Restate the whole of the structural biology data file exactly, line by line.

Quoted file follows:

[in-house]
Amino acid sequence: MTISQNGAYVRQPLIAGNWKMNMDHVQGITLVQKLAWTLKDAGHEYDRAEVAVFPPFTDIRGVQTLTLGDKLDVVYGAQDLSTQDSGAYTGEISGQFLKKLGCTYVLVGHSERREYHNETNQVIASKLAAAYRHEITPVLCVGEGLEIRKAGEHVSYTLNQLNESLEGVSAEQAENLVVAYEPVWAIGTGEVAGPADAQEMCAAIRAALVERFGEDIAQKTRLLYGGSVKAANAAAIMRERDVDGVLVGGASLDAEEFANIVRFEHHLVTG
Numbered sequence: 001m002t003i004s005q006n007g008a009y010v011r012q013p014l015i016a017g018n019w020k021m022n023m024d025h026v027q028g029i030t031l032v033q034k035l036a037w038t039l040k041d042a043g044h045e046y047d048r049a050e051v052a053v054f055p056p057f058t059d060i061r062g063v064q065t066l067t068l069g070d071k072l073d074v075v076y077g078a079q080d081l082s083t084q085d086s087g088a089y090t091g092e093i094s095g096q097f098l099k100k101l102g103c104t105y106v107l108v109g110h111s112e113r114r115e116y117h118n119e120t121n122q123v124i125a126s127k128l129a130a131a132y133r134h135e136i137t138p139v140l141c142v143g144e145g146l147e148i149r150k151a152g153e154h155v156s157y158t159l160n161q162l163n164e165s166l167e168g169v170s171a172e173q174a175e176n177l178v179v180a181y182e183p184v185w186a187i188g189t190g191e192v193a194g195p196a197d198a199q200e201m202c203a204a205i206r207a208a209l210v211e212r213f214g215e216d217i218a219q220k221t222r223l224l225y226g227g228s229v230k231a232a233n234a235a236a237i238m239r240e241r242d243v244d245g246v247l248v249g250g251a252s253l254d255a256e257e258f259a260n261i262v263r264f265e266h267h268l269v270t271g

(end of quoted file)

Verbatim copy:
[in-house]
Amino acid sequence: MTISQNGAYVRQPLIAGNWKMNMDHVQGITLVQKLAWTLKDAGHEYDRAEVAVFPPFTDIRGVQTLTLGDKLDVVYGAQDLSTQDSGAYTGEISGQFLKKLGCTYVLVGHSERREYHNETNQVIASKLAAAYRHEITPVLCVGEGLEIRKAGEHVSYTLNQLNESLEGVSAEQAENLVVAYEPVWAIGTGEVAGPADAQEMCAAIRAALVERFGEDIAQKTRLLYGGSVKAANAAAIMRERDVDGVLVGGASLDAEEFANIVRFEHHLVTG
Numbered sequence: 001m002t003i004s005q006n007g008a009y010v011r012q013p014l015i016a017g018n019w020k021m022n023m024d025h026v027q028g029i030t031l032v033q034k035l036a037w038t039l040k041d042a043g044h045e046y047d048r049a050e051v052a053v054f055p056p057f058t059d060i061r062g063v064q065t066l067t068l069g070d071k072l073d074v075v076y077g078a079q080d081l082s083t084q085d086s087g088a089y090t091g092e093i094s095g096q097f098l099k100k101l102g103c104t105y106v107l108v109g110h111s112e113r114r115e116y117h118n119e120t121n122q123v124i125a126s127k128l129a130a131a132y133r134h135e136i137t138p139v140l141c142v143g144e145g146l147e148i149r150k151a152g153e154h155v156s157y158t159l160n161q162l163n164e165s166l167e168g169v170s171a172e173q174a175e176n177l178v179v180a181y182e183p184v185w186a187i188g189t190g191e192v193a194g195p196a197d198a199q200e201m202c203a204a205i206r207a208a209l210v211e212r213f214g215e216d217i218a219q220k221t222r223l224l225y226g227g228s229v230k231a232a233n234a235a236a237i238m239r240e241r242d243v244d245g246v247l248v249g250g251a252s253l254d255a256e257e258f259a260n261i262v263r264f265e266h267h268l269v270t271g